As part of my effort towards developmental systems for cognitive architectures, I’ve been trying to beat some sense into an Alife simulator. I’ve used the Breve simulator in the past, and although it’s no longer supported, it still works fine. My existing Anibots code uses Breve —which in turn uses Open Dynamics Engine—as the physical simulation, and I wanted to expand that for some developmental experiments.
The old Anibots were spheres. Single shape bodies are trivial in the Breve world. Rolling ball robots were easy. One might say that it’s too fantastic—but I happen to know that there are in fact multiple ways of implementing real world spherical robots as I studied the literature a bit back in 2004 for my Northeastern University final “capstone” project which involved spherical robots.
What I wanted to do presently was start out with a single bot and consider that a module (the module is the blue sphere in the screenshot).
The next step in development would grow that single module by adding another similar module, and so on adding modules. In the simulation I wanted to connect the rolling spheres together somehow, such as with some rigid body struts forcing a fixed distance between the bots.
This would be part of the context to coerce new behaviors to be learned for the goal, which at first would be pushing the box as far as possible. As more modules are connected together, different strategies will emerge for how to move the entire multi-bot ensemble for the best outcome.
Easy Things are Hard (or at Least Annoying)
This simulation environment doesn’t make it easy to just tie moving bodies together. Obviously the collision detection would have to be turned off if it was done as the above screenshot indicates, but even then there isn’t a simple or obvious solution in Breve. And again, if it was implemented in the real world it would be possible, in this case as inverse mouse-ball drive robots connected together with rigid links.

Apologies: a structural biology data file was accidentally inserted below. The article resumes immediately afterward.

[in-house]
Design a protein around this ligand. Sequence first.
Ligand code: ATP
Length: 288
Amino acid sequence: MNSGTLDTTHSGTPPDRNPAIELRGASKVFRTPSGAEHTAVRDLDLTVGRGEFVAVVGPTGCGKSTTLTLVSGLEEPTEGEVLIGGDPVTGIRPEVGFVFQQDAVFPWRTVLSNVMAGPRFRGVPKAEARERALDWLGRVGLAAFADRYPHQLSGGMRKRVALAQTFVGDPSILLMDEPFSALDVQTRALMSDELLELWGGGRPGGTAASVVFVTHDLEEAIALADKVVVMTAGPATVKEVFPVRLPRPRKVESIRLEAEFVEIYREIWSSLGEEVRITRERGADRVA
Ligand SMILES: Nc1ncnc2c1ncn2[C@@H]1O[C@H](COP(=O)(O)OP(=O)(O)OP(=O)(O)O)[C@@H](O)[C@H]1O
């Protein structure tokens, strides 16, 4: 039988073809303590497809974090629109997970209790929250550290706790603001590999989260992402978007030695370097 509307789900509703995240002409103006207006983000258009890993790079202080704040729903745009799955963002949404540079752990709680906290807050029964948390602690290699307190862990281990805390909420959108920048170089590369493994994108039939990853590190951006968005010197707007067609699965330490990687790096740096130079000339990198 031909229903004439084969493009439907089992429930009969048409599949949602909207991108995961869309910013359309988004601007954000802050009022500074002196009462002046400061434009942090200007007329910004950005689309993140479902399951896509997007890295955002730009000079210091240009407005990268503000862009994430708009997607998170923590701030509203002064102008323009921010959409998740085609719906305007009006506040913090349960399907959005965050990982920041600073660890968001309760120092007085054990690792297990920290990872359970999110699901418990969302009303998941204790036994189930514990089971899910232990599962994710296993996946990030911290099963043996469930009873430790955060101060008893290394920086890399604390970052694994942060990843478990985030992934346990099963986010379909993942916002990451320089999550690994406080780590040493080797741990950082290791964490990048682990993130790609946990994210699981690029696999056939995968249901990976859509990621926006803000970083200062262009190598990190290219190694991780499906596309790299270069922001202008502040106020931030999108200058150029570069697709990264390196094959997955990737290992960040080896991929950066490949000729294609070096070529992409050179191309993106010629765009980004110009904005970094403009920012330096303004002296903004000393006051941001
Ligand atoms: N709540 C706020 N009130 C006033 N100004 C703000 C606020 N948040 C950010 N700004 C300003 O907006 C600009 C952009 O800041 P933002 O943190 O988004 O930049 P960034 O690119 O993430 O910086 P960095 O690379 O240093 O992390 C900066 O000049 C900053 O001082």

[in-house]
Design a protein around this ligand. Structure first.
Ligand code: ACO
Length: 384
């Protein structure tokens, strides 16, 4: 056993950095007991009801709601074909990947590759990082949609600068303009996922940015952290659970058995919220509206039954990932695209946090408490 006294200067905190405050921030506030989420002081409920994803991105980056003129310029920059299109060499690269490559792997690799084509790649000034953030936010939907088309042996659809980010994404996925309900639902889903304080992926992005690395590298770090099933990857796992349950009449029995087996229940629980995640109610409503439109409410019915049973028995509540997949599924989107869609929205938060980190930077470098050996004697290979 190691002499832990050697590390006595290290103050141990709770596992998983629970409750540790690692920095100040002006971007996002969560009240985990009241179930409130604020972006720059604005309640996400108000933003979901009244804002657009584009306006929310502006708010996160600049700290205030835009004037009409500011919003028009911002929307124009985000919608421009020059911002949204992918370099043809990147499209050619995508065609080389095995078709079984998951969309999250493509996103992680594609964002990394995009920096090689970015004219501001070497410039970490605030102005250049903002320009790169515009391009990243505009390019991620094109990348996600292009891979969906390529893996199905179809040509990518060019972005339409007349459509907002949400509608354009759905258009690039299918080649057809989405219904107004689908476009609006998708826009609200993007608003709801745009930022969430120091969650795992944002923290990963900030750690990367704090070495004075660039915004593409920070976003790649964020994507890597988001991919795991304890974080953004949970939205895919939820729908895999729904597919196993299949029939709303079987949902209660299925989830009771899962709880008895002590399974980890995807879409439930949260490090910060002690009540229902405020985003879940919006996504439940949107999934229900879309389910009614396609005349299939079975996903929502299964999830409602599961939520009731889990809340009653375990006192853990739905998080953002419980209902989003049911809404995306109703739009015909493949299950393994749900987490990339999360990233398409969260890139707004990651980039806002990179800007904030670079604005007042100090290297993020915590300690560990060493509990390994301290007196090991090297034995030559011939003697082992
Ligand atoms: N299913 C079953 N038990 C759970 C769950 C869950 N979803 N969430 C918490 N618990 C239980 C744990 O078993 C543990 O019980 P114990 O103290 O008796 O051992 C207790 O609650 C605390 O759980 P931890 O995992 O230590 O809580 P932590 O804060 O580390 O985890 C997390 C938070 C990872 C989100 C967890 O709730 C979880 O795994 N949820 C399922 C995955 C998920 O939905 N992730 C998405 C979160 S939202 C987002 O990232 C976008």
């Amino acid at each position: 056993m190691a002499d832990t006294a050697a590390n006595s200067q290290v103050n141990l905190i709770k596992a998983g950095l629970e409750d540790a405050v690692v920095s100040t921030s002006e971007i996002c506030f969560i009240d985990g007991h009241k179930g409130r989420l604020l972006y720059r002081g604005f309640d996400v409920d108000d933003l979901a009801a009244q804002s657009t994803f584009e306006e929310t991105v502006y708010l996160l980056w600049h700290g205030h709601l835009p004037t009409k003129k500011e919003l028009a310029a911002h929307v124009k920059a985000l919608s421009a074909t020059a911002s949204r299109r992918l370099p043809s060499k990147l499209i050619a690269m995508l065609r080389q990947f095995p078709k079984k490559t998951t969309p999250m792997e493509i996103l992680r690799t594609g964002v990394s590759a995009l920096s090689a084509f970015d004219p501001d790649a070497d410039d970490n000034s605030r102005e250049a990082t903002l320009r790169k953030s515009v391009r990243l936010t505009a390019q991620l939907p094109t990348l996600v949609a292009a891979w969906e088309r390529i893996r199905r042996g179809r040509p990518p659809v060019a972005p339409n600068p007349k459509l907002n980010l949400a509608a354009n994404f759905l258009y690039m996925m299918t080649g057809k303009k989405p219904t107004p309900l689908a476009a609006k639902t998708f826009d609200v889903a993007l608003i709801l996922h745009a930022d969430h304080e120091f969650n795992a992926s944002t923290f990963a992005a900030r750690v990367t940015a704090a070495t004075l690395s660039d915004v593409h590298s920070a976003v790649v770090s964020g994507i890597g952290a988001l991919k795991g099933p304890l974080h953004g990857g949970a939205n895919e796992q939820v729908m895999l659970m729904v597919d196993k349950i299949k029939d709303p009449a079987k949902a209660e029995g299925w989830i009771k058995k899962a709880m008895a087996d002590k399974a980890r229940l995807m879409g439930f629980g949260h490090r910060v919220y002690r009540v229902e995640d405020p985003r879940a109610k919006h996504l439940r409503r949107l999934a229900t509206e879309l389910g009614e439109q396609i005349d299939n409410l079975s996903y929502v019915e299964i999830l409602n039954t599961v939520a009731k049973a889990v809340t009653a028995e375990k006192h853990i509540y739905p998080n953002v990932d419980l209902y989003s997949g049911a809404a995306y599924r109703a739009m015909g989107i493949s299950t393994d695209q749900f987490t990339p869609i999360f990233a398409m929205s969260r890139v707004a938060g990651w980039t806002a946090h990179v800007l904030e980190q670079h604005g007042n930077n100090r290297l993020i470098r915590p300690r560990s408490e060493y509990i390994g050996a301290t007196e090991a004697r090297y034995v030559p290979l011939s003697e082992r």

There are many possible solutions, for instance manually calculating the bot positions—but then why am I using this simulator? I might as well make my own. So, perhaps sooner than I had anticipated, I may have to develop a Breve-like alternative sim world, perhaps using Panda3D. Or maybe I will use Bullet and Ogre3D, both of which I’ve used in the past but not at the same time.
Another cool idea that I thought of to bind the bots together is to use an external object. It would be kind of like the triangular thing used to place billiard balls. But this fence would expand to fit any number of balls from 1 to n. I started to implement it as a rectangle. But then I ran into the problem that arbitrary rigid bodies aren’t free; so I started making it out of links and revolute joints; but a loop of those was not stable.
There are other options, like trying to make a custom rigid body shape which would have to be scaled to fit around the number of modules.
Whatever the case, it’s time that could be viewed as “wasted.”
The Curse and Second-Order Cybernetics
The curse of AI work is to waste time on implementing tools. And if one is doing AI with embodied robots, the curse also involves making robotic hardware. All this “other” work subverts focusing on the juicy stuff.
However, my view on this has changed a bit over the years. As second-order cybernetics seems to say, the researcher is inherently part of the system :
Occurring between observer and observed, interaction is the primitive from which arises what-can-be-known.
Not merely passive, observers are participants—in a particular sense, that they themselves have direct impact on what they see, on how they observe.
There will always be the design of the design, and the control of the control. Recognizing that is probably better than ignoring it.
- J. Klein, BREVE: a 3D Environment for the Simulation of Decentralized Systems and Articial Life. Proceedings of Artificial Life VIII, the 8th International Conference on the Simulation and Synthesis of Living Systems, 2002.
- P.A. Pangaro, New Order from Old:The Rise of Second-Order Cybernetics and Implications for Machine Intelligence. 1988/2002.